Peres is in Greece on First Trip by an Israeli Foreign Minister

Israeli Foreign Minister Shimon Peres arrived here Tuesday on the first leg of a visit to several European capitals this week.

Peres’ visit here, which was planned to last a little more than a day, is the first ever to be made by an Israeli foreign minister.

During his stay, Peres met with Greek Prime Minister Andreas Papandreou, who was just returned to power; Foreign Minister Karolos Papoulias; and with the deputy foreign minister in charge of European Community affairs, Theodore Pangalos.

The visit is particularly important because Papandreou, in his earlier stint as prime minister, maintained a government that was hostile to Israel and laudatory of the Palestinian cause.

Peres and Pangalos held a joint news conference at which Pangalos said that Greece, which will be presiding over the E.C. starting in January, will do everything it can — including providing financial aid — to facilitate the self-rule accord signed by Israel and the Palestine Liberation Organization in September.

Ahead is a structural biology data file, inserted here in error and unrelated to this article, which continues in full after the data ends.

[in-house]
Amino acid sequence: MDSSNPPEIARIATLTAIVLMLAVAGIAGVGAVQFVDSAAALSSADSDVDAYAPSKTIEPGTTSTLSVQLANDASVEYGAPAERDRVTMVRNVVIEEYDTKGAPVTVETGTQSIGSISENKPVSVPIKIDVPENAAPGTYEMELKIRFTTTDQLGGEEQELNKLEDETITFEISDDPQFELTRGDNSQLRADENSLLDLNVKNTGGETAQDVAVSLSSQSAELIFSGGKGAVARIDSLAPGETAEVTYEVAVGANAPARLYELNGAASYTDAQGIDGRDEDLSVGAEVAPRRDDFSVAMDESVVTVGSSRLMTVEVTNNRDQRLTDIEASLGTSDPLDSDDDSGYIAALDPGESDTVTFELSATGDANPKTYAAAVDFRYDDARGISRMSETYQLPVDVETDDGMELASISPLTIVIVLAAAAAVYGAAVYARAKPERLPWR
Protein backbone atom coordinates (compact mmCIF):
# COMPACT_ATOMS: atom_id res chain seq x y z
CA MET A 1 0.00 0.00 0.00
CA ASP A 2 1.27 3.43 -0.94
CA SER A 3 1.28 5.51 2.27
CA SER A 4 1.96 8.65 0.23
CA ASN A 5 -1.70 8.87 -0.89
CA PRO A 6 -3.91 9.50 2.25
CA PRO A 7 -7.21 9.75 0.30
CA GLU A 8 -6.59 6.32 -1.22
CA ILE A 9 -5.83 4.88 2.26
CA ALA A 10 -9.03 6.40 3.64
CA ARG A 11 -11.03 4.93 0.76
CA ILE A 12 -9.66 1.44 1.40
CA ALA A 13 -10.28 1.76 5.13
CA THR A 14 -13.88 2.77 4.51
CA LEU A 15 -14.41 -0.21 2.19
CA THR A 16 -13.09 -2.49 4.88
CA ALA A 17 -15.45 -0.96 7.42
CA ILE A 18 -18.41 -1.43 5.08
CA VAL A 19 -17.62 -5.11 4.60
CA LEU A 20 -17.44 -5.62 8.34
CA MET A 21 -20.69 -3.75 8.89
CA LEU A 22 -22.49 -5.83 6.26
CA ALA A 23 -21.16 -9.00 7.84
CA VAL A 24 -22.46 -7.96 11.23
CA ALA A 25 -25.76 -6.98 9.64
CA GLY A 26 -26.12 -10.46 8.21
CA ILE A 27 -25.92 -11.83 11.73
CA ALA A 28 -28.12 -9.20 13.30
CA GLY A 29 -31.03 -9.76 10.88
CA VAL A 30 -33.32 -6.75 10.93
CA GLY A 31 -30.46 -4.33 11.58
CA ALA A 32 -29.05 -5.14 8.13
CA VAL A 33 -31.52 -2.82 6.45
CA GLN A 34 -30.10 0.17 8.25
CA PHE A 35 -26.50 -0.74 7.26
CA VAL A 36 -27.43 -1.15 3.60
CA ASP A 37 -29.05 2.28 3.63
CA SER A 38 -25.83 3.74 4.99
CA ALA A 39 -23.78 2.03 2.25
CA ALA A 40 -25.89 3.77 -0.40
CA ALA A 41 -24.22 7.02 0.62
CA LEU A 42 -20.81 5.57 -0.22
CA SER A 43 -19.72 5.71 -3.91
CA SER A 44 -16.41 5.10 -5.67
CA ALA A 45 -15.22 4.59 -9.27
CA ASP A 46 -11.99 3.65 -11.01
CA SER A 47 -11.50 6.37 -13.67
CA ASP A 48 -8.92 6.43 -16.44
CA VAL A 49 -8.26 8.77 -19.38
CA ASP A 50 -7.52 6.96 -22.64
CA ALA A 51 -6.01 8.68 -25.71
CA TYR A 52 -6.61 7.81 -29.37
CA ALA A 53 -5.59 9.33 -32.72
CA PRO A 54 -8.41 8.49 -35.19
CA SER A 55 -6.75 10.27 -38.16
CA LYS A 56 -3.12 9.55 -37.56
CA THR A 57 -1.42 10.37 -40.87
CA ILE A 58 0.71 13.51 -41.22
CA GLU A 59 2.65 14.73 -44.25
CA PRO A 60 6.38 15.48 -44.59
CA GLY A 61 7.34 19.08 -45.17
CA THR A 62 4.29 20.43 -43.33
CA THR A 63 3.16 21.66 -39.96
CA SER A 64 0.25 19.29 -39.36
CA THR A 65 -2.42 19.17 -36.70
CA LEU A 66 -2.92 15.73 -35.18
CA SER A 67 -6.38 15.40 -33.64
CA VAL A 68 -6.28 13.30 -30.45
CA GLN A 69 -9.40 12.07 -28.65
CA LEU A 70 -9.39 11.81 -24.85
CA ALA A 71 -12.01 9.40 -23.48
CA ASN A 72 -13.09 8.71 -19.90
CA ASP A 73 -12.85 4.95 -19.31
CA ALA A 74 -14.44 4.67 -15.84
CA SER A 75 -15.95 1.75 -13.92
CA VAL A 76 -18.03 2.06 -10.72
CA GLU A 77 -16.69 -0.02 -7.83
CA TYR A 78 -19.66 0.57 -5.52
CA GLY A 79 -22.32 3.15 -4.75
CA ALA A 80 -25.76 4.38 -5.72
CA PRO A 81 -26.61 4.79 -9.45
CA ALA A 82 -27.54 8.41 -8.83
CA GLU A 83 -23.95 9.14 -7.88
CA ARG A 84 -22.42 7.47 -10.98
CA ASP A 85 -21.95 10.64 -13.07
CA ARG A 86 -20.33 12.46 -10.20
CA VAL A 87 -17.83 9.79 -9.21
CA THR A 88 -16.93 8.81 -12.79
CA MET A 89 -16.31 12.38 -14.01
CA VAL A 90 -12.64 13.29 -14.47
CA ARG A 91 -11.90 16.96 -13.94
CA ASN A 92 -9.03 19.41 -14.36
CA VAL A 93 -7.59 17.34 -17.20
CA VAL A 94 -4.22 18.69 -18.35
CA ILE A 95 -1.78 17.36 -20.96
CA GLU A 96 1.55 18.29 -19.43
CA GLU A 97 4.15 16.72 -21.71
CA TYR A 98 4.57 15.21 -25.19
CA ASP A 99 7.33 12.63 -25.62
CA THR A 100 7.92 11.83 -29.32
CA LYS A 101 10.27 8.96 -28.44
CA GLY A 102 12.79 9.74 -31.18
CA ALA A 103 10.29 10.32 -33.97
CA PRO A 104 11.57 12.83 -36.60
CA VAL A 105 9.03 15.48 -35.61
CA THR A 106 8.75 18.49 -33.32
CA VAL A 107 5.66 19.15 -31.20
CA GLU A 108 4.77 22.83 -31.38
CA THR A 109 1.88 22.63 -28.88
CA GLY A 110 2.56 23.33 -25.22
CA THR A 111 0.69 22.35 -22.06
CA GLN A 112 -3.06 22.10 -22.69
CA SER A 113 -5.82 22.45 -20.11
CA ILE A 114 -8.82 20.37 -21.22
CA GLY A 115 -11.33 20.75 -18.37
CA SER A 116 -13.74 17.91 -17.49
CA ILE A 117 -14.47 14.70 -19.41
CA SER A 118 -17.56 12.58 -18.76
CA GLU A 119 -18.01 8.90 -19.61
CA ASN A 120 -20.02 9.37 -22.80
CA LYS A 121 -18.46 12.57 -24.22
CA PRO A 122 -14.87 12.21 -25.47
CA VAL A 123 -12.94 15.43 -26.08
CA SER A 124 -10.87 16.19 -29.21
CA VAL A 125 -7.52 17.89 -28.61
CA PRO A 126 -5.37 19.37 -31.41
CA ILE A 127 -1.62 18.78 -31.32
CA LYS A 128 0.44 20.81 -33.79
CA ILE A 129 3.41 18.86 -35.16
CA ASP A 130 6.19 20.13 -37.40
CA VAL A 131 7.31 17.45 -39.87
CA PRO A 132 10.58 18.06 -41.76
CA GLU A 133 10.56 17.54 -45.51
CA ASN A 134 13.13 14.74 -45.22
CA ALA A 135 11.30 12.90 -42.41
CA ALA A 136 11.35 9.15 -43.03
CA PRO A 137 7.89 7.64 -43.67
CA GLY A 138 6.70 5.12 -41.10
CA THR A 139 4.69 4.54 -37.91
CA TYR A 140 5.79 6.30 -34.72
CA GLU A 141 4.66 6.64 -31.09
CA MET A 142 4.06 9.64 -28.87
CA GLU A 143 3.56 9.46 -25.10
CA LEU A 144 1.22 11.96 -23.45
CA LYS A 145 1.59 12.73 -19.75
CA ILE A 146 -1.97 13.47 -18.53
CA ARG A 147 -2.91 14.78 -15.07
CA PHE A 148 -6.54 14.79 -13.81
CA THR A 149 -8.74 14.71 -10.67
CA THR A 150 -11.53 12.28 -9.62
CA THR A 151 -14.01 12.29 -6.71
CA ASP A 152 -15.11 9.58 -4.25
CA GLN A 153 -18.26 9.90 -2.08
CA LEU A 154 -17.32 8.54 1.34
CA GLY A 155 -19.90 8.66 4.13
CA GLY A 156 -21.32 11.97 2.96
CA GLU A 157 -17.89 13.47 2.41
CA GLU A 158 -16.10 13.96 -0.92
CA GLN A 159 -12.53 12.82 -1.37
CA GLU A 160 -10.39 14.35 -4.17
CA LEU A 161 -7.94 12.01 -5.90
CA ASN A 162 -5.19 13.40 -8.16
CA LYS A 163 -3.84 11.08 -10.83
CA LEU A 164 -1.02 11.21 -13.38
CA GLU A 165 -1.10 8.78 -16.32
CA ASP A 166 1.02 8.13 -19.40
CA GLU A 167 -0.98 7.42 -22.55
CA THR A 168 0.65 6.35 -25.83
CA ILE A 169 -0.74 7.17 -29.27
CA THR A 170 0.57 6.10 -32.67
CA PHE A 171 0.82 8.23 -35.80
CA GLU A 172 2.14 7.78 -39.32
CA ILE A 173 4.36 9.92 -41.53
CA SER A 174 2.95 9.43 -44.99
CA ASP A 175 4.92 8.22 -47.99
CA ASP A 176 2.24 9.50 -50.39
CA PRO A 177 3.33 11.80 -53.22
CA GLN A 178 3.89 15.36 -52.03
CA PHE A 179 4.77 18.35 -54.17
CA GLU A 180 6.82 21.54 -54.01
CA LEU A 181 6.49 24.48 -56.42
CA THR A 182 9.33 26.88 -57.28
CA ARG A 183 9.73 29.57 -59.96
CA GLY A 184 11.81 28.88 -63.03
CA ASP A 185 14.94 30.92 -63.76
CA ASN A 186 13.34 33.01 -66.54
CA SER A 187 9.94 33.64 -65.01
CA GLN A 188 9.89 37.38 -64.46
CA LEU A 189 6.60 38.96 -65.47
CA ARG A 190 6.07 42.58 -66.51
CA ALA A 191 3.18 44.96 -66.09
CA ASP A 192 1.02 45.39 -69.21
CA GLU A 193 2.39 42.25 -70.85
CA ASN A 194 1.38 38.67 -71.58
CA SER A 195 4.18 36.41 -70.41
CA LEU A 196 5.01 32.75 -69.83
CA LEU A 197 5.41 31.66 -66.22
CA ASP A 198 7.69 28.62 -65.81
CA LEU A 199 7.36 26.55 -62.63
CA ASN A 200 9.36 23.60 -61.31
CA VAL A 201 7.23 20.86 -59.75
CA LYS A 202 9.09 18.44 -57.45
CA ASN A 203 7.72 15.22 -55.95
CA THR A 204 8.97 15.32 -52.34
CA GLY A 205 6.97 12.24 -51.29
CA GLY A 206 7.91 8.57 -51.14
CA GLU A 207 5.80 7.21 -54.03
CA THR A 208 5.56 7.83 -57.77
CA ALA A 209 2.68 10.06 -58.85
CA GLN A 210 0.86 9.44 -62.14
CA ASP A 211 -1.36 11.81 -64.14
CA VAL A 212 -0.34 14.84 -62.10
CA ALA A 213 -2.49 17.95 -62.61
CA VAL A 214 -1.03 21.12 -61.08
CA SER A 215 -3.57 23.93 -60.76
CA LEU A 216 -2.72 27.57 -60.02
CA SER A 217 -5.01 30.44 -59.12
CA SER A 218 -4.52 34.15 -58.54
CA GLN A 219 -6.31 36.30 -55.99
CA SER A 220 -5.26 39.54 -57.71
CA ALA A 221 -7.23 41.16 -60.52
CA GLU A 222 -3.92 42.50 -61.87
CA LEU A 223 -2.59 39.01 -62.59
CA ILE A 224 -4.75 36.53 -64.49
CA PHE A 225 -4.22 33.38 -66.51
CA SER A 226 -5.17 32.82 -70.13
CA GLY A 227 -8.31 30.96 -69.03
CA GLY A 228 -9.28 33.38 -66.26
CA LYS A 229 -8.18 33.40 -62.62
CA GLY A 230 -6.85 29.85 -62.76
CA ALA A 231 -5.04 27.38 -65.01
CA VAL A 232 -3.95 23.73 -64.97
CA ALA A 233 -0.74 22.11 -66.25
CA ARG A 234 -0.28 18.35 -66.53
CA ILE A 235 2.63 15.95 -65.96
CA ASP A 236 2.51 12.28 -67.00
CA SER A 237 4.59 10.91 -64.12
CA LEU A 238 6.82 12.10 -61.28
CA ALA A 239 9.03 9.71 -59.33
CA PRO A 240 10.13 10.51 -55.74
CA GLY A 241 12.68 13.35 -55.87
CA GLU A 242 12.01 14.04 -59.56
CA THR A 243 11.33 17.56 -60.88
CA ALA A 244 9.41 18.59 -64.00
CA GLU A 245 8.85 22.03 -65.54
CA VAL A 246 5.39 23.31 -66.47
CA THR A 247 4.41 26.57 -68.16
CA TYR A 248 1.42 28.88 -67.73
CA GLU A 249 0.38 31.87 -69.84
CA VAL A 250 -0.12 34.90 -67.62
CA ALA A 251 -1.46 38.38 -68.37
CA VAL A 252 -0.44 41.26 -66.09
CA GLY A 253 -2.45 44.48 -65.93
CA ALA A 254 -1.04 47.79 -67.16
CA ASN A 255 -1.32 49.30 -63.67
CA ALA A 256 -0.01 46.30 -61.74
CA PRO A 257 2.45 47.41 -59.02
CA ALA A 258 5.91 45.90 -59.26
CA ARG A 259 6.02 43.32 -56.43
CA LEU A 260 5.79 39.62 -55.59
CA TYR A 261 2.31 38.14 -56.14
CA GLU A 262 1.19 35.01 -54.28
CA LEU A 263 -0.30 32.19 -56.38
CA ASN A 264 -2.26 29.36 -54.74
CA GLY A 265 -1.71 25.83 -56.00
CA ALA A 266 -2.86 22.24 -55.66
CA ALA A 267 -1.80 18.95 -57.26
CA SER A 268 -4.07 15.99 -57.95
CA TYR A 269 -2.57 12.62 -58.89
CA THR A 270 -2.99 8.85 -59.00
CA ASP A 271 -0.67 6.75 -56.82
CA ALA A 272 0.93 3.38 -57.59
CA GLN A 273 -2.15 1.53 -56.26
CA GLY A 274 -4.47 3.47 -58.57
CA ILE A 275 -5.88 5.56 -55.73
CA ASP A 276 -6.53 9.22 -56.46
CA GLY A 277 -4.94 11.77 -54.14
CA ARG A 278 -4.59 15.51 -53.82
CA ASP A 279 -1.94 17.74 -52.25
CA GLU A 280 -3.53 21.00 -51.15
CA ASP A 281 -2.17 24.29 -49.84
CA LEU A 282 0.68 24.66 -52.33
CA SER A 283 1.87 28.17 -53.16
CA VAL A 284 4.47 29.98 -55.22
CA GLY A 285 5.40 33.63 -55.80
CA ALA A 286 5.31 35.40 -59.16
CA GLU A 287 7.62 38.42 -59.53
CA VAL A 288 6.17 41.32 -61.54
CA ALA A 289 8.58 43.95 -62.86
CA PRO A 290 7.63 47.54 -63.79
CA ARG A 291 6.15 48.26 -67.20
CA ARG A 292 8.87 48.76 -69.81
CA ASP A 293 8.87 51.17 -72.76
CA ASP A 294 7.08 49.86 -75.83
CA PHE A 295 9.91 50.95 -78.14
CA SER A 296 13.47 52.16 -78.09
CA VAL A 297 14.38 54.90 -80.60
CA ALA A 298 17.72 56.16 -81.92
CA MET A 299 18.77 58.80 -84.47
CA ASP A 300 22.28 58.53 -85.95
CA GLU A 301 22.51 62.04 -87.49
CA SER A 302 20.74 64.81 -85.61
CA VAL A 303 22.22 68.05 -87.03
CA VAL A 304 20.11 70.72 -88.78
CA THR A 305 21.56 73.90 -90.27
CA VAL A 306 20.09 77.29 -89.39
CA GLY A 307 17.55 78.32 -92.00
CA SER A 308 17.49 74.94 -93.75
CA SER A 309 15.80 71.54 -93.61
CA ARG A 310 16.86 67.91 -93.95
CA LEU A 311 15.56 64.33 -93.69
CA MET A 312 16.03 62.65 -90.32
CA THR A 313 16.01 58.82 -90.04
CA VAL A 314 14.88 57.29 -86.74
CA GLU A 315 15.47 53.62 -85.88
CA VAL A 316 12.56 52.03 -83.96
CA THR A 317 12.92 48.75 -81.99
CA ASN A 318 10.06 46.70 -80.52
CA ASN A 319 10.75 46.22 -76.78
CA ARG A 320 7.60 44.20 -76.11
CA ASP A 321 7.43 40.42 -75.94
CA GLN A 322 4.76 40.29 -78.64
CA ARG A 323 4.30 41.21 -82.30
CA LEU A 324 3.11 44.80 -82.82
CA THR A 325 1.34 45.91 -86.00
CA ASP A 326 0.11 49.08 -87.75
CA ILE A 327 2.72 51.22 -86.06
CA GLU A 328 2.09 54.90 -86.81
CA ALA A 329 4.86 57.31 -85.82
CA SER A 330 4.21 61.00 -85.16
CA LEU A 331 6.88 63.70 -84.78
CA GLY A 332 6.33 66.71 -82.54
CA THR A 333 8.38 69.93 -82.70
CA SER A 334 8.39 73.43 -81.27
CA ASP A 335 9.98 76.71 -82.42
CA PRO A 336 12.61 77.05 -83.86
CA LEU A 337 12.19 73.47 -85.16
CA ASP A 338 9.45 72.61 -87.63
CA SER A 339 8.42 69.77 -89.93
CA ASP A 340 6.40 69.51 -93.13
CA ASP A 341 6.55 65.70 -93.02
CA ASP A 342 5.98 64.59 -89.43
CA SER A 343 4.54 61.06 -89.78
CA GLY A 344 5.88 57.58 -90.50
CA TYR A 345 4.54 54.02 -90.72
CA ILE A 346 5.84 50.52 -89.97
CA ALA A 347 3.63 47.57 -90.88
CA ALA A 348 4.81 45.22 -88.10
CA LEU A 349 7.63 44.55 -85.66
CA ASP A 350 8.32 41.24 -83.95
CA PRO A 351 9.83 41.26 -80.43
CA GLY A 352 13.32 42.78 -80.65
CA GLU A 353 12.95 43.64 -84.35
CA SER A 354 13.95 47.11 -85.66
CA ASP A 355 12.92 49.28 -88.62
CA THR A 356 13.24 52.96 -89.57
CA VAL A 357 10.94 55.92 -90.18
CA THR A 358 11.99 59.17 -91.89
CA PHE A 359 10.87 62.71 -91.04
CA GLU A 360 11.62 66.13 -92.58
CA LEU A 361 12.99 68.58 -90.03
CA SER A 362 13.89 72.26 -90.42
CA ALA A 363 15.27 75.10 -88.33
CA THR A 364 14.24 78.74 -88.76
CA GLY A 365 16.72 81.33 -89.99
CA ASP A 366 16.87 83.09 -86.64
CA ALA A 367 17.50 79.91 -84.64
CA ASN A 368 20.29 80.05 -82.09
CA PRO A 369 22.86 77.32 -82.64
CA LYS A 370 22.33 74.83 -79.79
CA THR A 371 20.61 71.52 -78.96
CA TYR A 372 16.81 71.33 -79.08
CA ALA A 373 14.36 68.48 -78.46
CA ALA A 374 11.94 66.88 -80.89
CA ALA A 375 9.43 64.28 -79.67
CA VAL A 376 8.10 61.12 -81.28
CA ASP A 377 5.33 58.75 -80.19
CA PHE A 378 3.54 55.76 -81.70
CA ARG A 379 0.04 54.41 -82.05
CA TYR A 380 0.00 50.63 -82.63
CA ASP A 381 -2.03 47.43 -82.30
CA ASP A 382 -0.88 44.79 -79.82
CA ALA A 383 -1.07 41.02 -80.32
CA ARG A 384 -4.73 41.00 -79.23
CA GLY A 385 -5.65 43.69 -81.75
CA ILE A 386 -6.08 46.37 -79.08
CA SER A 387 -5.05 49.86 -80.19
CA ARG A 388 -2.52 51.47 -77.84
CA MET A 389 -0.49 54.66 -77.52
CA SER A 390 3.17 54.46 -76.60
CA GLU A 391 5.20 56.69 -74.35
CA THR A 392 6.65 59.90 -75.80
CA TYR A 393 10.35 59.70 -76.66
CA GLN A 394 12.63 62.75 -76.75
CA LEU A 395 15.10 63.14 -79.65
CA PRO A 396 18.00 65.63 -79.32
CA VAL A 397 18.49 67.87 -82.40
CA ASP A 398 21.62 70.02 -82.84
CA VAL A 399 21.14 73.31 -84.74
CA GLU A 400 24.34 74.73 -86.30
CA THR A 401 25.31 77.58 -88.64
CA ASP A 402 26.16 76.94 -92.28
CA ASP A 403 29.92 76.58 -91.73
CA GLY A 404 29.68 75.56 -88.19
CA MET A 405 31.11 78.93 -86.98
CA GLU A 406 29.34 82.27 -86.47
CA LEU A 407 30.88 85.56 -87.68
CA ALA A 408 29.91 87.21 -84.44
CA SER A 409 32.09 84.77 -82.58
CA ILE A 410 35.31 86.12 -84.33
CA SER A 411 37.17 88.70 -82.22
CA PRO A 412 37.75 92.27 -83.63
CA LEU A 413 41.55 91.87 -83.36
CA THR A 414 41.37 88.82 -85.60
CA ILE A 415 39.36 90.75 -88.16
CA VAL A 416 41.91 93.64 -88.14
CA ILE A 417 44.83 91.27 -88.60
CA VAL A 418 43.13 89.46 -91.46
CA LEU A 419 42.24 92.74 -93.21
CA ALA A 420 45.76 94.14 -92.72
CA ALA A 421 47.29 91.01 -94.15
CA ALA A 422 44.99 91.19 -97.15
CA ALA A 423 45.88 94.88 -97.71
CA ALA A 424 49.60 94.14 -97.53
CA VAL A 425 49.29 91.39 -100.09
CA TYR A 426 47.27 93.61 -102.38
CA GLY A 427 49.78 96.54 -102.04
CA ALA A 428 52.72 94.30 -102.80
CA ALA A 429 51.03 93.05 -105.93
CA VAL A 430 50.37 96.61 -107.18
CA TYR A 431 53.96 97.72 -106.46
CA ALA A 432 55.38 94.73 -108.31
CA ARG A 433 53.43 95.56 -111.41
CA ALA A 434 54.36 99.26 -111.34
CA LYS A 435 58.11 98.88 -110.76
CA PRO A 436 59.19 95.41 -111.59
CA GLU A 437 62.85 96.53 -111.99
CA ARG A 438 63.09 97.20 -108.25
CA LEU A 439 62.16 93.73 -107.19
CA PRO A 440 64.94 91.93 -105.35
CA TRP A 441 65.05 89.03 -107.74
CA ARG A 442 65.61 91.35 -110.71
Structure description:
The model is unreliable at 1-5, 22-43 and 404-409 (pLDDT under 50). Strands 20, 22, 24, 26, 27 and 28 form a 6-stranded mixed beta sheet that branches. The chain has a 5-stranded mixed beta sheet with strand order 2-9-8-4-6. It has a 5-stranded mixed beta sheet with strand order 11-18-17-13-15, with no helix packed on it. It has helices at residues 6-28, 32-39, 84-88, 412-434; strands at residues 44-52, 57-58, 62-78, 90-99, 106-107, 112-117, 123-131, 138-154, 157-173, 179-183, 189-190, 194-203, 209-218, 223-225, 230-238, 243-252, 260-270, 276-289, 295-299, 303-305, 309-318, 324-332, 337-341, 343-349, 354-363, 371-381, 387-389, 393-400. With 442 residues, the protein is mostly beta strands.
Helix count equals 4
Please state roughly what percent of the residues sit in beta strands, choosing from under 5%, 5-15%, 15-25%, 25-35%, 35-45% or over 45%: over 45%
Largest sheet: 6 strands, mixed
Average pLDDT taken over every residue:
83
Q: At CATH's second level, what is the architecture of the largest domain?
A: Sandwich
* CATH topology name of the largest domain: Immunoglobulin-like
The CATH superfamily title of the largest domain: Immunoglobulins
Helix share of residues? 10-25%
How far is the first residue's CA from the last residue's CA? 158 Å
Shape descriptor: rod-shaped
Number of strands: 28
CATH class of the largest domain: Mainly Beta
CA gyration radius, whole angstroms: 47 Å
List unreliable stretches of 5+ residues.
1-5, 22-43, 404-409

But the real question on everyone’s minds here was whether Peres will meet with PLO Chairman Yasser Arafat, who was scheduled to arrive here on Wednesday shortly before Peres leaves the Greek capital.

At a news conference following his meeting with Papandreou, Peres said, “We don’t have any plans to meet, but we are in permanent contact. So when we need to meet, why not?

“We are in touch by telephone and by meetings, so there is nothing unusual about it, but it is not in the program,” Peres said.

Pressed further about whether Israeli, Palestinian or Greek officials were urging such a meeting, Peres said, “No, no. Both of us are great travelers, so occasionally we cross each other at the same place. But there must be a special need to meet, and right now there is no need for it.”

When Peres was asked by an Arab correspondent why Israel is unwilling to return the entire Golan Heights in order to establish a peace agreement with Syria, he replied, “What Syria calls peace is a peace with no embassies, no free trade and no security arrangements.”

Prior to his departure Wednesday, Peres was to meet with the Jewish leadership here and with Constantine Mitsotakis, the former Greek prime minister, who made diplomatic ties with Israel a priority.

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